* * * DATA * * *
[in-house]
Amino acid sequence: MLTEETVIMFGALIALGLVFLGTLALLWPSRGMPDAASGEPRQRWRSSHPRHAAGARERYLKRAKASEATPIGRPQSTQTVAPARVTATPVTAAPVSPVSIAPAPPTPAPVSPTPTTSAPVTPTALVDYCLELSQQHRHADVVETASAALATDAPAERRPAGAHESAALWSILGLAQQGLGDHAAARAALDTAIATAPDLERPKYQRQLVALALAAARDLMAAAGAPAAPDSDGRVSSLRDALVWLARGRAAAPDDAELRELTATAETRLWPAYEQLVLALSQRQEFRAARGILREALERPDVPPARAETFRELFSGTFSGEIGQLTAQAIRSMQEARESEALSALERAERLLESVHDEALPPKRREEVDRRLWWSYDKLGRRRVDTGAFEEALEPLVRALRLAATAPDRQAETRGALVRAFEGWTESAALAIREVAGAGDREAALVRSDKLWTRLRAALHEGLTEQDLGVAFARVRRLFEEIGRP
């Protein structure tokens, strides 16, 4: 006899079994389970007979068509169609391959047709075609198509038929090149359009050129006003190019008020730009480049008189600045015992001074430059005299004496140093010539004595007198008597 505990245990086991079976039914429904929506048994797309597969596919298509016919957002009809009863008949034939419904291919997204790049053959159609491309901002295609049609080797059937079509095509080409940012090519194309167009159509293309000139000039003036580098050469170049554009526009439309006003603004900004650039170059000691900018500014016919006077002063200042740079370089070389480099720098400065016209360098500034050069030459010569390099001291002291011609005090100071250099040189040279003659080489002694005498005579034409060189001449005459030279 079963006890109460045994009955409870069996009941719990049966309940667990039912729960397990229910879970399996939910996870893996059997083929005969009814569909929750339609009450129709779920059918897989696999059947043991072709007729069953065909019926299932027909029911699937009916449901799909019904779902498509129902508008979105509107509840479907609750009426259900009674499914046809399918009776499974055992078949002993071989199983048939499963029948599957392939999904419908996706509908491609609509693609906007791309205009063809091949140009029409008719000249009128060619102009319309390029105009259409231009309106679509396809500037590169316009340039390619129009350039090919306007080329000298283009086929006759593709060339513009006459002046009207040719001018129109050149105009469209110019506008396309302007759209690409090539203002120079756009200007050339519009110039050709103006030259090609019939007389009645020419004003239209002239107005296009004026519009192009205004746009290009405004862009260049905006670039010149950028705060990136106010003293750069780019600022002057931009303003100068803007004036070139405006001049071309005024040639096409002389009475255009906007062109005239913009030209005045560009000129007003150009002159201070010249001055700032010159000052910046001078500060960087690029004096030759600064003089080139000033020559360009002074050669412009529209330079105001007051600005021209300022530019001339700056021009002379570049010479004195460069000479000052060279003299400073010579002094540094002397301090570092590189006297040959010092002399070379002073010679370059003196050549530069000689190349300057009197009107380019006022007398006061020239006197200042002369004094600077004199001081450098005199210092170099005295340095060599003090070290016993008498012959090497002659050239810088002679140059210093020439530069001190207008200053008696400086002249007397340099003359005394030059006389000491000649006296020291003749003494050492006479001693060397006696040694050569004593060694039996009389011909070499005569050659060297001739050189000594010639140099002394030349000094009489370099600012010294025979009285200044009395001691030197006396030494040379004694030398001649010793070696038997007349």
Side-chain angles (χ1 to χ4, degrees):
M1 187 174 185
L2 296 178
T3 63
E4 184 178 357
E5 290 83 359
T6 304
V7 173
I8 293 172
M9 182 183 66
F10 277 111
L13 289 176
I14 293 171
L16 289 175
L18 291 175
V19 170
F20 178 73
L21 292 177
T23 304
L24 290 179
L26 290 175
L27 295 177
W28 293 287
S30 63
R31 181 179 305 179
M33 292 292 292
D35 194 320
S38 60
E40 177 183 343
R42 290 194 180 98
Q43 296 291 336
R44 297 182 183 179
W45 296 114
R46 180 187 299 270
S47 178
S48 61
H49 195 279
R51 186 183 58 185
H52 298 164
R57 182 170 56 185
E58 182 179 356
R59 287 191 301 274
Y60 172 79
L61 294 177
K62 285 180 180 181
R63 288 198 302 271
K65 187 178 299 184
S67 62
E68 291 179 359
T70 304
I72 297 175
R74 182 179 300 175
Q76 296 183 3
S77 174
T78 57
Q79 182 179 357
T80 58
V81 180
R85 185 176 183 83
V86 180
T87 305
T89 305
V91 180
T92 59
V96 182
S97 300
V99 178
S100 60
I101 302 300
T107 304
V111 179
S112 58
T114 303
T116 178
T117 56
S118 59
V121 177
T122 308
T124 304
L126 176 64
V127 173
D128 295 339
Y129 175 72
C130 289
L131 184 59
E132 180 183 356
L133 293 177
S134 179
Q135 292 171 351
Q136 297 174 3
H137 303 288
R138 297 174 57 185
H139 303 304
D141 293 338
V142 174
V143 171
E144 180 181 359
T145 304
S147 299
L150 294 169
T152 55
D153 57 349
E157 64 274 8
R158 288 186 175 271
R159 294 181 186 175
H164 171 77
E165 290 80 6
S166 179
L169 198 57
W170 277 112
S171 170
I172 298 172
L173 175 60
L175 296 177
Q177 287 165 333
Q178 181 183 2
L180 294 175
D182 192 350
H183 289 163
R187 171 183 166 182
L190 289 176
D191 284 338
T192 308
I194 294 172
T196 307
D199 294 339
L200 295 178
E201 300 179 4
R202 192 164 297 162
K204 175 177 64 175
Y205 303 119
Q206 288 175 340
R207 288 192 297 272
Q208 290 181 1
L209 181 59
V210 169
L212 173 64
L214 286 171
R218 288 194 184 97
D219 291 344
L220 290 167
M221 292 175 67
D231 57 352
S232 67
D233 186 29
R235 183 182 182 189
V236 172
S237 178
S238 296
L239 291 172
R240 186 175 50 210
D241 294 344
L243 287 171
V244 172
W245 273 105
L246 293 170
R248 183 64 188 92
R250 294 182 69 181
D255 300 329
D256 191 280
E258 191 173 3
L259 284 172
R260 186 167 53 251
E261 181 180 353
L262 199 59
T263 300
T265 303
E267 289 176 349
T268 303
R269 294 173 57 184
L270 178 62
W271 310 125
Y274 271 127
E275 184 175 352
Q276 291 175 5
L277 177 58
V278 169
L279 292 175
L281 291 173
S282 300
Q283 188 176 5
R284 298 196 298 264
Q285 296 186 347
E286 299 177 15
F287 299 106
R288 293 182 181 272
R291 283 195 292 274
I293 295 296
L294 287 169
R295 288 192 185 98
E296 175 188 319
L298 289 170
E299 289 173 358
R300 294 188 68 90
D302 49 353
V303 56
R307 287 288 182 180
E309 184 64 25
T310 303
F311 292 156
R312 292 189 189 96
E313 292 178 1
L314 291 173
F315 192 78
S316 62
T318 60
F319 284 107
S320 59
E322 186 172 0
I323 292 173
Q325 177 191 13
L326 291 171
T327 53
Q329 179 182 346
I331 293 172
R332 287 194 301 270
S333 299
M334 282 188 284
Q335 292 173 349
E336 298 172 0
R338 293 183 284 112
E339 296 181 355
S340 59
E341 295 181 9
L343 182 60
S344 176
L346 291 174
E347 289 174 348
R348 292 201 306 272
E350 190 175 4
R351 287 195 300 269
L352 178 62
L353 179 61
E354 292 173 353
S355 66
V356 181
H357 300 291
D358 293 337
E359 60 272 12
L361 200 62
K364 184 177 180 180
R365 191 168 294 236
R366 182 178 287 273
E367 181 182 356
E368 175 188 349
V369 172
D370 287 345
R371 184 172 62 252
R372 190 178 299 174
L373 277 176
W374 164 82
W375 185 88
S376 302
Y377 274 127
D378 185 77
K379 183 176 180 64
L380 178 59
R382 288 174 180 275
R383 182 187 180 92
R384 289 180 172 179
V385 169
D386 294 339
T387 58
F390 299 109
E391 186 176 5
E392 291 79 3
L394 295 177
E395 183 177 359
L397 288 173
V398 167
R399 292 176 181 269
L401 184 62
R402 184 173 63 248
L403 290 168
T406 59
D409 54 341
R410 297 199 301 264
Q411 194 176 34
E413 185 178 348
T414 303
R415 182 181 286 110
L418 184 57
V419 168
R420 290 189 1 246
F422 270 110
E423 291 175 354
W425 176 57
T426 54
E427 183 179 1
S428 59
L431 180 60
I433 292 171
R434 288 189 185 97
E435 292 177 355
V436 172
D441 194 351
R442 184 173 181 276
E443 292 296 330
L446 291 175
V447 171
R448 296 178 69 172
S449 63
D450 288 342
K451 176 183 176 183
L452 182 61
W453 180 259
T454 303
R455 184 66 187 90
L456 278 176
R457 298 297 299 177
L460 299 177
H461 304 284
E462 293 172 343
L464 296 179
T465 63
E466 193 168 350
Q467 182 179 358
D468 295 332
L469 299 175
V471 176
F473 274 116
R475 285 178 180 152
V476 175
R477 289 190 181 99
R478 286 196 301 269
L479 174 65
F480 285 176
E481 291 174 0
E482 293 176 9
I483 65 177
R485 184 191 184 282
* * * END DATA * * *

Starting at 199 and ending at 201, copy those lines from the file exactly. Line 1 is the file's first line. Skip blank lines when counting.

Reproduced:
V303 56
R307 287 288 182 180
E309 184 64 25